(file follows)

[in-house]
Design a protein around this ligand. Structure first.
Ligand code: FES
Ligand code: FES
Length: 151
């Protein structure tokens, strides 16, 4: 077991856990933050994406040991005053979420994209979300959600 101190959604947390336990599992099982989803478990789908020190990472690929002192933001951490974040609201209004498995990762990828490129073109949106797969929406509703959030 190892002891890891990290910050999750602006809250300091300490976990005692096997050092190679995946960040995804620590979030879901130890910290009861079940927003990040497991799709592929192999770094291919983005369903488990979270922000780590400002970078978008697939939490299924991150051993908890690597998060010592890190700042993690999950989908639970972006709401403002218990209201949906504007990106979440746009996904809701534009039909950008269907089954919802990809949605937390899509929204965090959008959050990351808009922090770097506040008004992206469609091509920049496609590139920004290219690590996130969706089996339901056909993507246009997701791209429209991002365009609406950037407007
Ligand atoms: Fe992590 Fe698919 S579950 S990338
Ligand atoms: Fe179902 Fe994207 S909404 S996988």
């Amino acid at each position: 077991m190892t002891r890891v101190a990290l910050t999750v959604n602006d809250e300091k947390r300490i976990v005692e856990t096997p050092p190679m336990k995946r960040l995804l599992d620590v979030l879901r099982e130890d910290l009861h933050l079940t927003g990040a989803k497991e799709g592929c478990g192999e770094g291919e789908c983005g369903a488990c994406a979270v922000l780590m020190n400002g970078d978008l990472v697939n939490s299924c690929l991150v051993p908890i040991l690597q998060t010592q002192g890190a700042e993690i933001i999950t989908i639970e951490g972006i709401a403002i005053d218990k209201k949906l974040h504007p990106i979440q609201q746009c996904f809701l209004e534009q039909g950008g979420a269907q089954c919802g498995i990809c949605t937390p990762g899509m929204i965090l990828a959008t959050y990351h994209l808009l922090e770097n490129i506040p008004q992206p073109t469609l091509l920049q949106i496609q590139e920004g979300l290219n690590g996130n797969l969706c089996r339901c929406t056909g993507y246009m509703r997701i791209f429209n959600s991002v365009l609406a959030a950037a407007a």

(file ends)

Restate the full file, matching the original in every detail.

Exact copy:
[in-house]
Design a protein around this ligand. Structure first.
Ligand code: FES
Ligand code: FES
Length: 151
């Protein structure tokens, strides 16, 4: 077991856990933050994406040991005053979420994209979300959600 101190959604947390336990599992099982989803478990789908020190990472690929002192933001951490974040609201209004498995990762990828490129073109949106797969929406509703959030 190892002891890891990290910050999750602006809250300091300490976990005692096997050092190679995946960040995804620590979030879901130890910290009861079940927003990040497991799709592929192999770094291919983005369903488990979270922000780590400002970078978008697939939490299924991150051993908890690597998060010592890190700042993690999950989908639970972006709401403002218990209201949906504007990106979440746009996904809701534009039909950008269907089954919802990809949605937390899509929204965090959008959050990351808009922090770097506040008004992206469609091509920049496609590139920004290219690590996130969706089996339901056909993507246009997701791209429209991002365009609406950037407007
Ligand atoms: Fe992590 Fe698919 S579950 S990338
Ligand atoms: Fe179902 Fe994207 S909404 S996988």
């Amino acid at each position: 077991m190892t002891r890891v101190a990290l910050t999750v959604n602006d809250e300091k947390r300490i976990v005692e856990t096997p050092p190679m336990k995946r960040l995804l599992d620590v979030l879901r099982e130890d910290l009861h933050l079940t927003g990040a989803k497991e799709g592929c478990g192999e770094g291919e789908c983005g369903a488990c994406a979270v922000l780590m020190n400002g970078d978008l990472v697939n939490s299924c690929l991150v051993p908890i040991l690597q998060t010592q002192g890190a700042e993690i933001i999950t989908i639970e951490g972006i709401a403002i005053d218990k209201k949906l974040h504007p990106i979440q609201q746009c996904f809701l209004e534009q039909g950008g979420a269907q089954c919802g498995i990809c949605t937390p990762g899509m929204i965090l990828a959008t959050y990351h994209l808009l922090e770097n490129i506040p008004q992206p073109t469609l091509l920049q949106i496609q590139e920004g979300l290219n690590g996130n797969l969706c089996r339901c929406t056909g993507y246009m509703r997701i791209f429209n959600s991002v365009l609406a959030a950037a407007a």